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800 Hydrogen-Electric Semi Trucks Foretell The Future Of Logistics

Tina Casey headshotWords by Tina Casey
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The logistics sector has been the first to adopt hydrogen fuel cell electric vehicles as the most efficient way available to decarbonize, but so far that transition has been sparked mainly by the humble forklift. Now it looks like the industry is ready to step up its game into street legal territory, in a big way. Earlier this month Anheuser-Busch announced that it has pre-ordered hundreds  of hydrogen fuel cell electric semi trucks -- 800, to be exact -- from the US startup Nikola Motors.

The sheer size of that order is interesting news for fleet owners looking to expand their decarbonization options. The EV company Tesla made a big splash last year by launching its first battery electric semi. Anheuser-Busch also put in a pre-order with Tesla a few months ago, but only for 40 trucks.

Why hydrogen is "the future of logistics"


Anheuser-Busch is clear on the decarbonization opportunities behind the deep plunge into hydrogen fuel cell technology. In a press statement, CEO Michel Doukeris noted that "the transport industry is one that is ripe for innovative solutions and Nikola is leading the way with hydrogen-electric, zero-emission capabilities."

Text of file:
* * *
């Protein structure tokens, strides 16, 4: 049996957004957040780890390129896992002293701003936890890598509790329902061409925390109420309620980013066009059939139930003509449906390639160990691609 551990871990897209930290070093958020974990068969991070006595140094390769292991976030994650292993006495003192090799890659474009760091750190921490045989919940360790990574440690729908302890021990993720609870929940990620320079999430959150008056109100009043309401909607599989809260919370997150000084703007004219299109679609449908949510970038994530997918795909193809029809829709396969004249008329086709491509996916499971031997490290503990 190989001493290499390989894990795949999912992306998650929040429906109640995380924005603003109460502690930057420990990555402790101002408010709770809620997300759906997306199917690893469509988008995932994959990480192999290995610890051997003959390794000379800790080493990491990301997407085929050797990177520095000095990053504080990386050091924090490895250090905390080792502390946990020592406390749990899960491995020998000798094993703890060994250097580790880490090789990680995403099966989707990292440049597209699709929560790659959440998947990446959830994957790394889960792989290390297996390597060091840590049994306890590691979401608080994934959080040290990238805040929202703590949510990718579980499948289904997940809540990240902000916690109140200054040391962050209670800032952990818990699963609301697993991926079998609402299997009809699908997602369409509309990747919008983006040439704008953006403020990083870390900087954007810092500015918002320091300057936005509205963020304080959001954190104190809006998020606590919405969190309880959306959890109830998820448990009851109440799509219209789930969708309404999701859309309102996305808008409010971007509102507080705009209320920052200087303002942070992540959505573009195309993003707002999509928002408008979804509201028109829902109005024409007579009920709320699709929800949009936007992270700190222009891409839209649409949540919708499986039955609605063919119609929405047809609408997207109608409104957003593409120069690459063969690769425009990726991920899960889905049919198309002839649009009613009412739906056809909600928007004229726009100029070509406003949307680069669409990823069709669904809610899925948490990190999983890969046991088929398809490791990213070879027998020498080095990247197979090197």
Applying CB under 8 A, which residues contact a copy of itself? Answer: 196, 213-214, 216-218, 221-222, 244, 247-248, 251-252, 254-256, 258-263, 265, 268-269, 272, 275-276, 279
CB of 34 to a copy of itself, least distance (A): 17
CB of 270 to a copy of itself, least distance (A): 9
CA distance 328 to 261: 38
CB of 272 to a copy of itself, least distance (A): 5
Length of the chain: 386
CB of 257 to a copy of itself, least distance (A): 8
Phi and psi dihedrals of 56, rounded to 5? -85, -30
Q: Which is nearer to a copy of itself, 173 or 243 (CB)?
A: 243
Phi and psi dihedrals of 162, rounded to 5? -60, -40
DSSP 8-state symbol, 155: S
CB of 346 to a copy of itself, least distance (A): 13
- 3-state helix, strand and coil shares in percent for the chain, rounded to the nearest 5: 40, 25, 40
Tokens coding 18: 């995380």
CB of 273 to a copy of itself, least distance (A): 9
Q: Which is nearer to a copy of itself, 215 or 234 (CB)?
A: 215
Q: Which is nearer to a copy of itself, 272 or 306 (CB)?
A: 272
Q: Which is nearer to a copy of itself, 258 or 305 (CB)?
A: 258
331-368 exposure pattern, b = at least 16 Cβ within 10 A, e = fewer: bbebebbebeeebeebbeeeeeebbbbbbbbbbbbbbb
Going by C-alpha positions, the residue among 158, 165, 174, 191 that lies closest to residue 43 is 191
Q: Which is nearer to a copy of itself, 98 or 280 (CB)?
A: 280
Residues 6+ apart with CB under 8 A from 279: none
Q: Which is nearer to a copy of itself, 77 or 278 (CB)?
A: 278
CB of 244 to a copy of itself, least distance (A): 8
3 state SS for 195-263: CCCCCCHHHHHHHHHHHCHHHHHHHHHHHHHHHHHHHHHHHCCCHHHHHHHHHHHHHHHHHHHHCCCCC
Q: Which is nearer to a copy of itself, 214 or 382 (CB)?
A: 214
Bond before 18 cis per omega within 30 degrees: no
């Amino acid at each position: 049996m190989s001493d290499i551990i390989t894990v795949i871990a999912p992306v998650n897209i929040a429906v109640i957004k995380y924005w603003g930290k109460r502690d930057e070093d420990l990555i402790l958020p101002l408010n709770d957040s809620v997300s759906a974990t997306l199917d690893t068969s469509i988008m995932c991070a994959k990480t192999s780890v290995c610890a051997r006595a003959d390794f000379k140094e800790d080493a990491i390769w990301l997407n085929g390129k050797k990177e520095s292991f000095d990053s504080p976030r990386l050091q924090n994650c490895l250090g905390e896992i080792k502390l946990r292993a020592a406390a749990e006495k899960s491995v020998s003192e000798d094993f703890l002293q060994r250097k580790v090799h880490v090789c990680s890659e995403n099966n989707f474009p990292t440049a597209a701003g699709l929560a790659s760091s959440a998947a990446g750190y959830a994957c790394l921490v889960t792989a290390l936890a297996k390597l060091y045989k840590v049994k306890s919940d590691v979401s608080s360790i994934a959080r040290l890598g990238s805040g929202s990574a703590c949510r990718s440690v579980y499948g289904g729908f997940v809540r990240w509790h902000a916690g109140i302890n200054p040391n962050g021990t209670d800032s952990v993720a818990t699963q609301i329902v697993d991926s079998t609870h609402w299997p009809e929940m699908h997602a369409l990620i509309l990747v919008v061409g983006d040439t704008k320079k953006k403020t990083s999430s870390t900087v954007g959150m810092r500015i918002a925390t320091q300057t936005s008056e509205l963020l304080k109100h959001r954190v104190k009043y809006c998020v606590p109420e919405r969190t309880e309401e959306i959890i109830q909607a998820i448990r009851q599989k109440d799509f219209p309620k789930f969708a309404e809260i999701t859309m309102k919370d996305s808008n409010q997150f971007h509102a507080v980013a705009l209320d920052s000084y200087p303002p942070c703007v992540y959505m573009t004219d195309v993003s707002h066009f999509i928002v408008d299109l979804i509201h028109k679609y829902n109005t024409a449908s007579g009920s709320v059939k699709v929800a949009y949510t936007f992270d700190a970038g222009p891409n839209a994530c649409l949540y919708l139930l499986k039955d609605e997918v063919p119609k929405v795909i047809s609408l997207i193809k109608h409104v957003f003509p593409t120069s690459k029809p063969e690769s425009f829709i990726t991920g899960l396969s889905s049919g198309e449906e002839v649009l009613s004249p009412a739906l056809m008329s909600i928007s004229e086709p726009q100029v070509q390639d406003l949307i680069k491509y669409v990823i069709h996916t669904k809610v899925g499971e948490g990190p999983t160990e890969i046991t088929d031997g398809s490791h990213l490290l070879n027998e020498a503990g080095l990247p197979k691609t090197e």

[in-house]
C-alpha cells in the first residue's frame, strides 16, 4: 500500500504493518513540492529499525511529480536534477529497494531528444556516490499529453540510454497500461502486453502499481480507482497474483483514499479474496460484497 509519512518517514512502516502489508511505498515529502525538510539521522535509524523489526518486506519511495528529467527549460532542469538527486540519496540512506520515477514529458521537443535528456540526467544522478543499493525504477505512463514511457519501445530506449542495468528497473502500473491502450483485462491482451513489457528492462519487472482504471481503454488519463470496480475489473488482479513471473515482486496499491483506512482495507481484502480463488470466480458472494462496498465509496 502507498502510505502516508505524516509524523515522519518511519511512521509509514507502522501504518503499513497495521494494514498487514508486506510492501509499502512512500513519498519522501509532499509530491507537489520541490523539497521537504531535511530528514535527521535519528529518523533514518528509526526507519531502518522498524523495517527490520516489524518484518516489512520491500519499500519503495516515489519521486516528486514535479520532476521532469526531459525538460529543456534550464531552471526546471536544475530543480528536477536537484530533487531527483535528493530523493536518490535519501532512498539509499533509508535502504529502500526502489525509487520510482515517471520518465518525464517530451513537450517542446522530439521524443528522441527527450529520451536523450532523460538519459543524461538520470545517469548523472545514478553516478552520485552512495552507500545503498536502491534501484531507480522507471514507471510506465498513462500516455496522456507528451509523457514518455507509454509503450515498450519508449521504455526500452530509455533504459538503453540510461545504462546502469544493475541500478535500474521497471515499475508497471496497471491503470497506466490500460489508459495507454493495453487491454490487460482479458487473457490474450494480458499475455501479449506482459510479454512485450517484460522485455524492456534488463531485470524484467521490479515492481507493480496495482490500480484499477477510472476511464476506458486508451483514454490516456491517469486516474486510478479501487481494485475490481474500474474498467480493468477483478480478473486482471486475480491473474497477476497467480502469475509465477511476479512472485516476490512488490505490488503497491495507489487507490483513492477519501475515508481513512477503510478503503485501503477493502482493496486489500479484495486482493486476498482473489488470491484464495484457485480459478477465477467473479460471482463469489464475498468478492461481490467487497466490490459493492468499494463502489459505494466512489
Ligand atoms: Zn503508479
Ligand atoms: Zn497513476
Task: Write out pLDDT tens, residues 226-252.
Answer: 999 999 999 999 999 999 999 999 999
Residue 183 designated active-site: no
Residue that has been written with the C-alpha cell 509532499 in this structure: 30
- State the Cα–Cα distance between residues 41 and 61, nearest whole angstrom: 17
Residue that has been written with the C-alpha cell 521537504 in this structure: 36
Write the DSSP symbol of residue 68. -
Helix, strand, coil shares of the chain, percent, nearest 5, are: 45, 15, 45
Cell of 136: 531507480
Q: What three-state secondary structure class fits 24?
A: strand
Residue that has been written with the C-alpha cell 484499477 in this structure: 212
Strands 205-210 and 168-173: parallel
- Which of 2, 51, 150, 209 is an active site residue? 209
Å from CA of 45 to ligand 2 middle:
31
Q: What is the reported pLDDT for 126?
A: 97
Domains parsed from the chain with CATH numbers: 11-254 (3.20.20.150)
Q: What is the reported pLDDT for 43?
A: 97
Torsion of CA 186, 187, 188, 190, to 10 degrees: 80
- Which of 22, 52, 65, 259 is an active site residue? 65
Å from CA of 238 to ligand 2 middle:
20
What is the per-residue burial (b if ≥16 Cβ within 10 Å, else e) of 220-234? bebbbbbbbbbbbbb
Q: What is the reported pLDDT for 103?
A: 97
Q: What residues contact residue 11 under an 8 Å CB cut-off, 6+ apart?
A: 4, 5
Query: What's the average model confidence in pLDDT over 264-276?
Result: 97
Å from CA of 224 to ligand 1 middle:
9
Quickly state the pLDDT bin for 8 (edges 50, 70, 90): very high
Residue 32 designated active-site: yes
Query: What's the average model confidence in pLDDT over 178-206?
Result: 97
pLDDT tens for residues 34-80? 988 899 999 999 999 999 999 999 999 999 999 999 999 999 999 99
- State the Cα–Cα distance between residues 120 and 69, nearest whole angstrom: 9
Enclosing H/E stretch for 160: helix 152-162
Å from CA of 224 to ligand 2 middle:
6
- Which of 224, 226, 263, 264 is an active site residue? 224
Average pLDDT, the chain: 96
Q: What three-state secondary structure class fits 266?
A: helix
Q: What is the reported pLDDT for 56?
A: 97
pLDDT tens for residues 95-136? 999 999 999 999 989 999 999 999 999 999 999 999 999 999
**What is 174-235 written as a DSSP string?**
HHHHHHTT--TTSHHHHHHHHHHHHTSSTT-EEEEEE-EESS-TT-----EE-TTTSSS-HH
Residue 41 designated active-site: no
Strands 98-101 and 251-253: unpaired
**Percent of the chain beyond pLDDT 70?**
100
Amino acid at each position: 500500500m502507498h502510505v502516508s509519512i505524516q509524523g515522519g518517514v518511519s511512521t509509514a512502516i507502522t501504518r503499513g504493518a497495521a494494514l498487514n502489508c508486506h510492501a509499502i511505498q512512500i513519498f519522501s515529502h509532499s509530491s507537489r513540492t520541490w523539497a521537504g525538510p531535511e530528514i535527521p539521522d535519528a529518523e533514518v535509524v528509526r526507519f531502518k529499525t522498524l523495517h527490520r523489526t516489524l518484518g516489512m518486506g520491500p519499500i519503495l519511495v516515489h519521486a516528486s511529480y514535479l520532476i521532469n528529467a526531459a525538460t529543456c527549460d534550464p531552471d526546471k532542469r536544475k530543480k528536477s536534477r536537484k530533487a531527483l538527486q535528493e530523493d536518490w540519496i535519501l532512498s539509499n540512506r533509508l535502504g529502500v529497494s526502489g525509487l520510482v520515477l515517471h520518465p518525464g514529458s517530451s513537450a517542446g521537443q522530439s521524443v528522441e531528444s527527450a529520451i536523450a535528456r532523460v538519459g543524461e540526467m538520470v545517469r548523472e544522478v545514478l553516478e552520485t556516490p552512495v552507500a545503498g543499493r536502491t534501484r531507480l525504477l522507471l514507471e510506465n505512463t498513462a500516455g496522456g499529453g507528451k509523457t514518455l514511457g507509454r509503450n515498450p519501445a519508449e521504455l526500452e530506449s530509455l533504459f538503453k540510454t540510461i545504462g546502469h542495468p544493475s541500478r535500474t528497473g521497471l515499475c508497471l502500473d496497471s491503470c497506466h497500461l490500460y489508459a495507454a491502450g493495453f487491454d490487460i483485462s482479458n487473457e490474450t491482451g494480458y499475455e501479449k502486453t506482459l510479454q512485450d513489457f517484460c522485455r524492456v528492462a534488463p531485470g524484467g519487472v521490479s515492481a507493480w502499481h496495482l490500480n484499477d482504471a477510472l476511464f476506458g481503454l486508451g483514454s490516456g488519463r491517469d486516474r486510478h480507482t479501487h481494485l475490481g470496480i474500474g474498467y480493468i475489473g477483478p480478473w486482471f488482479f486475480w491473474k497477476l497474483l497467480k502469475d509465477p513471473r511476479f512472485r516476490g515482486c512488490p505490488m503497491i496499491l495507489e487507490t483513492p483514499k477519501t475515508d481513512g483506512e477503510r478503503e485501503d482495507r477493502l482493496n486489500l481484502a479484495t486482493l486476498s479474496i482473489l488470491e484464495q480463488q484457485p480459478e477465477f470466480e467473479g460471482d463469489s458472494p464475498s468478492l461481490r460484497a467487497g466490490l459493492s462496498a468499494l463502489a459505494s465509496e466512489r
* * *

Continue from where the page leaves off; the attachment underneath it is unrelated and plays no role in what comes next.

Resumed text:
The company is looking at reducing its carbon emissions from logistics by more than 18% through the adoption of 800 hydrogen trucks, helping to meet the company's 2025 goal of reducing emissions 25% across its value chain.

For those of you new to the topic, fuel cells convert hydrogen to electricity through a chemical reaction with oxygen (think H20 and you're on the right track). Aside from water, there are no emissions from a hydrogen fuel cell electric vehicle.

The advantage over battery electric vehicles is relatively simple: fuel cells can be refueled with hydrogen in about as much time as it would take to refill any other fuel tank. Fuel cells also offer a potential advantage in size and weight over battery packs.

The refueling advantage comes into sharp focus for warehouse operations, where the time and space dedicated to forklift battery recharging and swapping cuts into razor thin margins.

Anheuser-Busch also sees that advantage applying to long haul operations. The company anticipates refilling within 20 minutes, which will reduce idle time. The company also expects a safety advantage due to Nikola's "surround viewing" design.

On Nikola's part, CEO Trevor Milton makes it clear that his company is aiming to put the squeeze on the Tesla electric semi before it hits the ground:

Hydrogen-electric technology is the future of logistics and we’re proud to be leading the way...By 2028, we anticipate having over 700 hydrogen stations across the USA and Canada. With nearly 9 billion dollars in pre-order reservations, we are building to order, not speculation, and are very excited for what’s to come.

So, where is the hydrogen coming from?

Triple Pundit has been keeping tabs on Nikola since its launch in 2016, and the first thing we noticed was the company's plans for a network of fueling stations powered by renewable energy.

That doesn't just mean keeping the lights on. Back in 2017, the company envisioned an initial network of 16 fuel stations that produce hydrogen on site, by "splitting" water with an electrical current.